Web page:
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View Full Version : I still don't get the surface plate three point mount thing...

abn
02-27-2004, 06:47 AM
I've read the Third Hand thread...but I still don't get the geometric significance of a three point mount over say a four point mount, or a levelled pair of scraped knife edges or something like that. And now, leafing through Foundations of Mechanical Accuracy, I see that Moore mounts their plates by the four corners...but at one end there is a cross member that is supported in the middle by one point making it overall a three point support. So why support the table at four points but mount it at three? I just don't get it, stuff eludes me (stuff in general, not just this!)

[This message has been edited by abn (edited 02-27-2004).]

yorgatron
02-27-2004, 08:21 AM
why is it easier to build a 3 legged stool that keeps all its feet on the floor than a 4 legged one?

SGW
02-27-2004, 09:24 AM
What yorgatron said: 3 points determine a plane, so with 3 points, it will always sit solidly.

As far as the location of the 3 points: they're positioned to result in minimum sag between them. Doesn't the Moore book talk about the "Airy points"?

Paul Alciatore
02-29-2004, 05:40 AM
First, we are talking about idealized points. In reality they can only be approximated. That having been said:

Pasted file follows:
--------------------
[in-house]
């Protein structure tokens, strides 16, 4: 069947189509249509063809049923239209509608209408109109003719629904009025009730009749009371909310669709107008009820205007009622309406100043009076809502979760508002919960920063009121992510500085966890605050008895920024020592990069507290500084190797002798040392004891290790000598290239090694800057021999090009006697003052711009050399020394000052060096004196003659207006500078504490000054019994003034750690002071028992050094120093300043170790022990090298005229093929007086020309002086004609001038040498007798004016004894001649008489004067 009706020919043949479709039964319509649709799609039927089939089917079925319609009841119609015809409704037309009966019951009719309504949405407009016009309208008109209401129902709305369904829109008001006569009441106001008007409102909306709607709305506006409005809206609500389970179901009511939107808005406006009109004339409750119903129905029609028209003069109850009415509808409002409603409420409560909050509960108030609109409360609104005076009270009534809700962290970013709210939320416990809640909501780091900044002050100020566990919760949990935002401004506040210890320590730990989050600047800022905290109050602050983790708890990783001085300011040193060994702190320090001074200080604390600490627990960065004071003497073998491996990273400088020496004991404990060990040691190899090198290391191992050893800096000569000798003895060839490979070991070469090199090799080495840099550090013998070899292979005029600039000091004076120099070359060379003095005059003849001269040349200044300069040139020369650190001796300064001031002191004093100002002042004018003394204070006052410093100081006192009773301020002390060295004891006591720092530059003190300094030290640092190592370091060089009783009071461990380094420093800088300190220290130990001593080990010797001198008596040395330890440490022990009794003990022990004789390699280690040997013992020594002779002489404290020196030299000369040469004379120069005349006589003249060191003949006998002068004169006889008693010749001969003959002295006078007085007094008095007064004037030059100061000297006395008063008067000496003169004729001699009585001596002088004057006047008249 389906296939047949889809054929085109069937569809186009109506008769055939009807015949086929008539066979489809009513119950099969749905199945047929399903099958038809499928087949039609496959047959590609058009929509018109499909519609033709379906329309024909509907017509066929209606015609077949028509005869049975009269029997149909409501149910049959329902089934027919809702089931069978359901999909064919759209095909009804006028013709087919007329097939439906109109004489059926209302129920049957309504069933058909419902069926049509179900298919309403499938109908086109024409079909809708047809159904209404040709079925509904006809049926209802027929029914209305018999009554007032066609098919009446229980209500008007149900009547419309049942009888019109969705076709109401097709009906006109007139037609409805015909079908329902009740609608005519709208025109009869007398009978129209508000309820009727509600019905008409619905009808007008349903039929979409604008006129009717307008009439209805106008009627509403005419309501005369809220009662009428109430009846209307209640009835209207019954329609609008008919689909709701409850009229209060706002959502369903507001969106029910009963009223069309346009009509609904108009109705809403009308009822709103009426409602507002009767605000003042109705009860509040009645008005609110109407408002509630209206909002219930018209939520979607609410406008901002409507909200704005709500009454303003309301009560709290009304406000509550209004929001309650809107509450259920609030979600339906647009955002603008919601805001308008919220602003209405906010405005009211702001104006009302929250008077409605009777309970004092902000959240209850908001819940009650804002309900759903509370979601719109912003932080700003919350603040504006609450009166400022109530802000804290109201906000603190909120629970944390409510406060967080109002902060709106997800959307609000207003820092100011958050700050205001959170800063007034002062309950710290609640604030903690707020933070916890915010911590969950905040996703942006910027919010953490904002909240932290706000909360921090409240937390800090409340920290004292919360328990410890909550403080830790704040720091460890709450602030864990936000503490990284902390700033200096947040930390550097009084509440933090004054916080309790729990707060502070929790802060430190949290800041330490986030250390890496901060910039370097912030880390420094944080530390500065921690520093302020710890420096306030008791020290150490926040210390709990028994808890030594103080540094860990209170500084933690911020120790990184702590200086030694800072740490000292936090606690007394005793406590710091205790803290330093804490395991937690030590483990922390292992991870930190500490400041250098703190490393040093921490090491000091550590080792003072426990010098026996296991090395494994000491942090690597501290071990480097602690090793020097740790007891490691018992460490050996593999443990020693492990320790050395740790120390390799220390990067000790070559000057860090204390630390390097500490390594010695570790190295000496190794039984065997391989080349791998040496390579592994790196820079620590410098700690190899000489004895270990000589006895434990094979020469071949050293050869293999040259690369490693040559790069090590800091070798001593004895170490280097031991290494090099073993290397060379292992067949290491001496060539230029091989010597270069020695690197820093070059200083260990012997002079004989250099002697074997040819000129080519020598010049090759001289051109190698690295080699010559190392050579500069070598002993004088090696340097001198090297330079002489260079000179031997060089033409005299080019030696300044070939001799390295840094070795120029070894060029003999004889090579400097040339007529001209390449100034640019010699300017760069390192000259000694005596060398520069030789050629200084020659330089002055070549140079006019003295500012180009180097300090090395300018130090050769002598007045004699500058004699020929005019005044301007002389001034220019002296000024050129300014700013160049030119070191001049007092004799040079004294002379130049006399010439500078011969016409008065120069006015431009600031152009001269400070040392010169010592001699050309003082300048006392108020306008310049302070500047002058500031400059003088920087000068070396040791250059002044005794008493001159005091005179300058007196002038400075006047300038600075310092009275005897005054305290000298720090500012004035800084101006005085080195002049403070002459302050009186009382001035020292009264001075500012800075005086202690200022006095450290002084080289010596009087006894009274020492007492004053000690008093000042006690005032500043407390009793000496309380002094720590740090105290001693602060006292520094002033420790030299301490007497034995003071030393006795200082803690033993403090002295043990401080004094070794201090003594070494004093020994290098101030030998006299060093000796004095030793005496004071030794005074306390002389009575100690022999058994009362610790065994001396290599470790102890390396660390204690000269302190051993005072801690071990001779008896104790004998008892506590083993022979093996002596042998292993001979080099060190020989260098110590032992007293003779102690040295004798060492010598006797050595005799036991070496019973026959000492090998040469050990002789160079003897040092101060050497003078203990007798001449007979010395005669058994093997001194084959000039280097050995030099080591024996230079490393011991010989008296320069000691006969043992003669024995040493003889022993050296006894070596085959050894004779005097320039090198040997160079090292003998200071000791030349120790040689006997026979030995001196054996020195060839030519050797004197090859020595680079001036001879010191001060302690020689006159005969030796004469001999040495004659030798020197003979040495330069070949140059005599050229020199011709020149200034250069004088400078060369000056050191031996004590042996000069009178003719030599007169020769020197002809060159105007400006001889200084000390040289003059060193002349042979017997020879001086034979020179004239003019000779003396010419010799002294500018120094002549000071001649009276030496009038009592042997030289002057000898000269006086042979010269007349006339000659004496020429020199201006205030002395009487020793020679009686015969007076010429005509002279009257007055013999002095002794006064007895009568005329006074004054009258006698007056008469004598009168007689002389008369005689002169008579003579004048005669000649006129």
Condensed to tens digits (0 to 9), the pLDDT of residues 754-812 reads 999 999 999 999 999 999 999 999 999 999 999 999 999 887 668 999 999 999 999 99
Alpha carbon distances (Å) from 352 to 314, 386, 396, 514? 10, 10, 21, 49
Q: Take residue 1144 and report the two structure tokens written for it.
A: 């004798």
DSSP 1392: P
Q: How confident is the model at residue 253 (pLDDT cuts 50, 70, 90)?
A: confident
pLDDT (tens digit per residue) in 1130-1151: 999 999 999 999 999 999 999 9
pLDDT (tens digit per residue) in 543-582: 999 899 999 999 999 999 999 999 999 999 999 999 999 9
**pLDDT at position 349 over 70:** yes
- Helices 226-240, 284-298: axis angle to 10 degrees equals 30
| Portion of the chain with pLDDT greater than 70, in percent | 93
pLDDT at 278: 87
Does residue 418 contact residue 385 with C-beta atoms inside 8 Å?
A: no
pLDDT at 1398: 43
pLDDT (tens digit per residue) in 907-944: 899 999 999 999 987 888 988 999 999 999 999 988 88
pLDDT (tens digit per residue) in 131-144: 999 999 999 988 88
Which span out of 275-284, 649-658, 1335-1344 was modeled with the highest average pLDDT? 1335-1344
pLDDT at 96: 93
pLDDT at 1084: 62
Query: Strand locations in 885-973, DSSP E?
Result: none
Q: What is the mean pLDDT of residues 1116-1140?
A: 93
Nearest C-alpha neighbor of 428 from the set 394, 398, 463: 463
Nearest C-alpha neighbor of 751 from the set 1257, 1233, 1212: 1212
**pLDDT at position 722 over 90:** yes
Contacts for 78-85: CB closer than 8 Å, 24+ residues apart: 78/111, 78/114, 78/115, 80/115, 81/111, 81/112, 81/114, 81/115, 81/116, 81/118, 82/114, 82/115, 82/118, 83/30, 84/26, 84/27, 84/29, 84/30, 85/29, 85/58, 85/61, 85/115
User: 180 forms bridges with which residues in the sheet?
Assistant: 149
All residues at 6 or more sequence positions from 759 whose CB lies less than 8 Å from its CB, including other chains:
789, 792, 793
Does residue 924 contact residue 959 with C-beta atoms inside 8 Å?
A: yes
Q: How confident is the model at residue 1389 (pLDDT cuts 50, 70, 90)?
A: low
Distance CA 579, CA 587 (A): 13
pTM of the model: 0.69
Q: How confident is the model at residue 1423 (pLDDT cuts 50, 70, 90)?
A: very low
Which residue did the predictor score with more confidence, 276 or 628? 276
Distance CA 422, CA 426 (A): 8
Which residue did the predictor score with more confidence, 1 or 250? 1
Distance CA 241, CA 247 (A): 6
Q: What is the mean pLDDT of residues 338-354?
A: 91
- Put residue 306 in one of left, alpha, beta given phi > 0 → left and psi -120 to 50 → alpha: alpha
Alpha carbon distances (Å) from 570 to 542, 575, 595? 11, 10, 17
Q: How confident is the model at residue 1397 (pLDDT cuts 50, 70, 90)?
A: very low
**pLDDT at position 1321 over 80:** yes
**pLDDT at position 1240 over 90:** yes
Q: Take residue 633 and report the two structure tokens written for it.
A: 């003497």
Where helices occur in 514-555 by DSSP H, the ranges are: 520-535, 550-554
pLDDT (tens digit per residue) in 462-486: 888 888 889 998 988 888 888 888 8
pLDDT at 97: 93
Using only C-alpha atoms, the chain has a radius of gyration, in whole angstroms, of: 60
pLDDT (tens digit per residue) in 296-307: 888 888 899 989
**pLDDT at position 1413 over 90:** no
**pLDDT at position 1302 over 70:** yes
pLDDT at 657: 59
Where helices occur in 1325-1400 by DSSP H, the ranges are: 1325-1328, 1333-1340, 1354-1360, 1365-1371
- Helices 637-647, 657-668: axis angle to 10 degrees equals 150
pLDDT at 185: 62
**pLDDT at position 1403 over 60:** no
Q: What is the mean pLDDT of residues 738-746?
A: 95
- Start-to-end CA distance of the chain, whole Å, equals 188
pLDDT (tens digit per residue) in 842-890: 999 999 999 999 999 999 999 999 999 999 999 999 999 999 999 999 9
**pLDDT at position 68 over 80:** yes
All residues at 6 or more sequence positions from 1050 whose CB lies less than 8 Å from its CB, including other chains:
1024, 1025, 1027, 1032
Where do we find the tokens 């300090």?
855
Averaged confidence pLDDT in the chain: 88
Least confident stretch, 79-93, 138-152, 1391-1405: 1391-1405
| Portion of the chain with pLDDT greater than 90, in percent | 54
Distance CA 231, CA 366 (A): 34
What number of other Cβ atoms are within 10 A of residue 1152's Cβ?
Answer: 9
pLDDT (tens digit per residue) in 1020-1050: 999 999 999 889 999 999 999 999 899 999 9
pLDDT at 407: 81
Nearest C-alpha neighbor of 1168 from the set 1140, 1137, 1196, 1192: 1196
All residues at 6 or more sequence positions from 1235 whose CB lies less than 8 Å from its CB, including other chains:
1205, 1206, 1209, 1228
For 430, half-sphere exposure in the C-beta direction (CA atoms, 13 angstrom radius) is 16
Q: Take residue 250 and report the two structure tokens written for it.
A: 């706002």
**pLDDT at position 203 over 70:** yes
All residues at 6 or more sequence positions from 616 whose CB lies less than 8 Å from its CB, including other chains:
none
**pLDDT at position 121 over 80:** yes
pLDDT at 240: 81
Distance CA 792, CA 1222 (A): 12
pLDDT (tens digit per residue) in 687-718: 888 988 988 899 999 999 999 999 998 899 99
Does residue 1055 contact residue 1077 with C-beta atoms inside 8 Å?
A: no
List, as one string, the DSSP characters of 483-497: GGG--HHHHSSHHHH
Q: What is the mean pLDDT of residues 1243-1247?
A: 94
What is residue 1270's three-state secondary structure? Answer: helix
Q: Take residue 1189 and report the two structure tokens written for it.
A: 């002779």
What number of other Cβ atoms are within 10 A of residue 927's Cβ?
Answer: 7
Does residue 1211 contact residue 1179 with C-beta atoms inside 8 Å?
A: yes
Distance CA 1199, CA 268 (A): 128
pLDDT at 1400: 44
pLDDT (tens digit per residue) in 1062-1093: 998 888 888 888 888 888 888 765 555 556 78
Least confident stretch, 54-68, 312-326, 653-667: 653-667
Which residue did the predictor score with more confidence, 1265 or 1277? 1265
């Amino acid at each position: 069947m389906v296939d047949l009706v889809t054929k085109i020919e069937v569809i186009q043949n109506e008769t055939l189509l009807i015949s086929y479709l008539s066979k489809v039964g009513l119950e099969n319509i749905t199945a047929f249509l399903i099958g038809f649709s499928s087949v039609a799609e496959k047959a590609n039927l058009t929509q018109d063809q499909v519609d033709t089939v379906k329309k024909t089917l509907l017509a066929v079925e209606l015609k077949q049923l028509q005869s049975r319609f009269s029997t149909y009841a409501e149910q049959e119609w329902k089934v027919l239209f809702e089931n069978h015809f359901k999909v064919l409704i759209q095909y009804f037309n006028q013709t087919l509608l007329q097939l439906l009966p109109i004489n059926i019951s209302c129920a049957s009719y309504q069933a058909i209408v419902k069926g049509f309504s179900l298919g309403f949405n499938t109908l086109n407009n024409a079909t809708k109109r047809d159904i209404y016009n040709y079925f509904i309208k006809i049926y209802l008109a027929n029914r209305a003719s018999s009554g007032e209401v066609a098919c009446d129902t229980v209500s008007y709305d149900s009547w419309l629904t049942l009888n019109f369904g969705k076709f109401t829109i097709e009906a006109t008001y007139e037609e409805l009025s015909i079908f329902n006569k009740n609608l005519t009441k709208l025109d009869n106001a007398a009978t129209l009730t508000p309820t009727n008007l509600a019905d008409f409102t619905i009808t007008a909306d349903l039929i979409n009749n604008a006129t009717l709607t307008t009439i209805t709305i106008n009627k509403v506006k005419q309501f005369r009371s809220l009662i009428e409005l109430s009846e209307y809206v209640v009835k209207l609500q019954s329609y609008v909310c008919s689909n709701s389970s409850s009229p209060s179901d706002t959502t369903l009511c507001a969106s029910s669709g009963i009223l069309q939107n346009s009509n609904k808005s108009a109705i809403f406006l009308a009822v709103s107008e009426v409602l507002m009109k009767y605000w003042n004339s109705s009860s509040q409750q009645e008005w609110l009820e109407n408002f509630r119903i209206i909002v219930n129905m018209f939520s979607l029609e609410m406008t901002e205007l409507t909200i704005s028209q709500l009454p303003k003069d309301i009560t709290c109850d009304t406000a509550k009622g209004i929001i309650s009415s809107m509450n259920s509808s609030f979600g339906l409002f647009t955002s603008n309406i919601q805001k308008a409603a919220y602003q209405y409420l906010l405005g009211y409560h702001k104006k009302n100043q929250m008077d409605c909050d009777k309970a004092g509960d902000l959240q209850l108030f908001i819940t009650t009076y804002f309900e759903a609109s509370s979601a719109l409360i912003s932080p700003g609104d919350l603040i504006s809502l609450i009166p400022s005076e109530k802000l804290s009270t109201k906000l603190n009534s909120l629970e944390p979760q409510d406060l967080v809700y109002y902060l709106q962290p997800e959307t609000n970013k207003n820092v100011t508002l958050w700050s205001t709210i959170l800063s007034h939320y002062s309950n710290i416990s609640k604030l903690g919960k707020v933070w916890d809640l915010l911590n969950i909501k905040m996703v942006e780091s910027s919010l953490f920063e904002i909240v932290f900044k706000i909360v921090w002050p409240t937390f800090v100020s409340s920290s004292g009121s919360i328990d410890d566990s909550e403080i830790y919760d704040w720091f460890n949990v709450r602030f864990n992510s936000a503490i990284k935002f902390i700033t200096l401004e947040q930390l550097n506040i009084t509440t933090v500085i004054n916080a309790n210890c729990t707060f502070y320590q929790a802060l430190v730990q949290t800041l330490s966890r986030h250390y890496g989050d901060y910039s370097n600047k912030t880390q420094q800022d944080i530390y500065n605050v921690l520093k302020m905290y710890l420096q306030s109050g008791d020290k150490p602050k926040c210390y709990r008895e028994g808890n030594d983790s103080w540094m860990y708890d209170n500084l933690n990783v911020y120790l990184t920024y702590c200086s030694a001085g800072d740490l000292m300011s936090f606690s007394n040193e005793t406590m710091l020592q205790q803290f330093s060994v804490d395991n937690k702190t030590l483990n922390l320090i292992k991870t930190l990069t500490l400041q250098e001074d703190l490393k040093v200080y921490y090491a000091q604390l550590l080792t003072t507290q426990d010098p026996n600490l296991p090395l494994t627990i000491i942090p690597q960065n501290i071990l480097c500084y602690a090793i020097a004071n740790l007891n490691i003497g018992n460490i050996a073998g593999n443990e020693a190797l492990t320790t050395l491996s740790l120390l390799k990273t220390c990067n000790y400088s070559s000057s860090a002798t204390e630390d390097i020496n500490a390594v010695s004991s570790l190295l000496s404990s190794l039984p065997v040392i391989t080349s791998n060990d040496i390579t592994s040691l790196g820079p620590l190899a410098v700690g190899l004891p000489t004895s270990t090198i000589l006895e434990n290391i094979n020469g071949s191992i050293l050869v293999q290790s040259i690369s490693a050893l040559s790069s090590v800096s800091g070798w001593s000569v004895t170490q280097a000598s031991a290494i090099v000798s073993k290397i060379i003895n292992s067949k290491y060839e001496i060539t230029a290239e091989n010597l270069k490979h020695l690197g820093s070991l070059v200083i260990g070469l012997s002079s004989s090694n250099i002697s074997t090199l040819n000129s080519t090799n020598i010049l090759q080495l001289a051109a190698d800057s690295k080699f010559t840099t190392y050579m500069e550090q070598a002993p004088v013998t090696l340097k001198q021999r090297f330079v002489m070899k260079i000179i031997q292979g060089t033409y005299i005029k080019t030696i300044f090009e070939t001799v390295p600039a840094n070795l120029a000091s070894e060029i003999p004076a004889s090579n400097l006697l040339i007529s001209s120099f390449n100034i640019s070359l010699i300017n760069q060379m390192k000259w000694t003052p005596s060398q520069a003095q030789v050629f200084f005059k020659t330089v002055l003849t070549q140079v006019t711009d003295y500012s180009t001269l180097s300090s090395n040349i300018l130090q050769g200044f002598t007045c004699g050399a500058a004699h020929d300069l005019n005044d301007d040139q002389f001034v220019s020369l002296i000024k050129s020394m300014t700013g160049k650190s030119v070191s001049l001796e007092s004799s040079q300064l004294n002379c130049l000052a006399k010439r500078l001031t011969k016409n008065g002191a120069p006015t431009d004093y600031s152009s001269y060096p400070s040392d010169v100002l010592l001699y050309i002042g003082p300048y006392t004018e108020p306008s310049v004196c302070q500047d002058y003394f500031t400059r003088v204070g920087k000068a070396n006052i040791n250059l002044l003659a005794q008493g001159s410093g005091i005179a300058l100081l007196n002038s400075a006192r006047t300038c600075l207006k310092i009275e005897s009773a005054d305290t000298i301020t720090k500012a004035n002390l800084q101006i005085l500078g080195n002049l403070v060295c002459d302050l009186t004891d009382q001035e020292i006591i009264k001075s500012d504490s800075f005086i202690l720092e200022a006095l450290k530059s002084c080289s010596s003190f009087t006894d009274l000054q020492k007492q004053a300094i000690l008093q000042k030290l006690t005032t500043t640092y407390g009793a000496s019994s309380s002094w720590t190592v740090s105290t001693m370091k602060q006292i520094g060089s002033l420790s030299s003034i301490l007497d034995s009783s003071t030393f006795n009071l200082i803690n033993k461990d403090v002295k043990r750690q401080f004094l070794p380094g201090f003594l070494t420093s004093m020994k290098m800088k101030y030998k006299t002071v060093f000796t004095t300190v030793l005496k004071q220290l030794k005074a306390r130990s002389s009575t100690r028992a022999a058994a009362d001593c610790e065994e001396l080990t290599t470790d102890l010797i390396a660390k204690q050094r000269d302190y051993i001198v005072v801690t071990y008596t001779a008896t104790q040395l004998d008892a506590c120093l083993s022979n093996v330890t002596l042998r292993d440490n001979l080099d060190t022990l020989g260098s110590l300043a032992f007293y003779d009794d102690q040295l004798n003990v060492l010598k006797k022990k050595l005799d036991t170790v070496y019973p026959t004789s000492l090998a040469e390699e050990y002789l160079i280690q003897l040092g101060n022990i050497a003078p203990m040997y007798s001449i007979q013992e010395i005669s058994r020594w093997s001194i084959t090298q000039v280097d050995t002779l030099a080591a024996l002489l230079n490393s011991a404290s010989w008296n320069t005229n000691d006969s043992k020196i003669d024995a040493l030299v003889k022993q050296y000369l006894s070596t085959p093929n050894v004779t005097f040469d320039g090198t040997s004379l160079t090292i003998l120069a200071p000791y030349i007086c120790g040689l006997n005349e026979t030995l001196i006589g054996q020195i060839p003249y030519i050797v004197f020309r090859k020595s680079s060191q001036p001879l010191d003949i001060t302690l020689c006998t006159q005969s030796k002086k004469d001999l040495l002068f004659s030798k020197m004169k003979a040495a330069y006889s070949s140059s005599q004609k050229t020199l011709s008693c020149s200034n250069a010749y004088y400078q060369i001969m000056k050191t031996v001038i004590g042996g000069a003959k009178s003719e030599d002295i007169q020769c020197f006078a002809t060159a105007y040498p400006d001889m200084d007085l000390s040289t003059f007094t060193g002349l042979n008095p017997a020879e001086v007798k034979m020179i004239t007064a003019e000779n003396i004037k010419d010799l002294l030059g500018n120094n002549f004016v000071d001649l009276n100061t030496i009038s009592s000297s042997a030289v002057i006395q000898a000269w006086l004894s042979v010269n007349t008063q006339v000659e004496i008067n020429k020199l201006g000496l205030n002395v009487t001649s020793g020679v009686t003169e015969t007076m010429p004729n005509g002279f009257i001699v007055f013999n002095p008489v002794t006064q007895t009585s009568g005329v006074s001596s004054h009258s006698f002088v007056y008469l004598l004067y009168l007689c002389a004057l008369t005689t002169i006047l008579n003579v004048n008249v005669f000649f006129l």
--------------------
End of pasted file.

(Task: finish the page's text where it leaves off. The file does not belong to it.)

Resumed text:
Any three dimensional object has six degrees of freedom: it can move in the three directions commonly referred to as X, Y, and Z and it can rotate about the three mutually perpendicular axis that are in those same directions. So it has three lateral and three rotational ways to move for a total of six. This is the common coordinate system used to describe positions in mathematics.

By fixing a single point of that object it can no longer move in any of the three lateral directions – if it did, then the point would not be “fixed”. If you fix a second point, it looses two of the rotational degrees of freedom but can still rotate about an axis that goes through the two points. Remember we are talking idealized points here, not a real mounting pad which has a real area and therefore many, many actual points. Finally, by assigning a third point, it is completely fixed in space. No motion of any type can take place without one or more of those points becoming not fixed. That’s the mathematical theory behind three point suspension. But that’s all theoretical and in the real world, things can become more complicated.

Real objects are not completely rigid. They will flex under the influence of gravity and any other forces that are acting on them. Three points may not be enough to adequately support the weight or to contain the forces generated by a machine in operation. Three points may not provide a safe base to avoid tipping over unless they extend a significant distance outside of the object itself. (Think of a camera on a tripod. The camera may be only about six inches but the ends of the tripod legs are on a 2 or 3 foot circle. This intrudes into operator space.)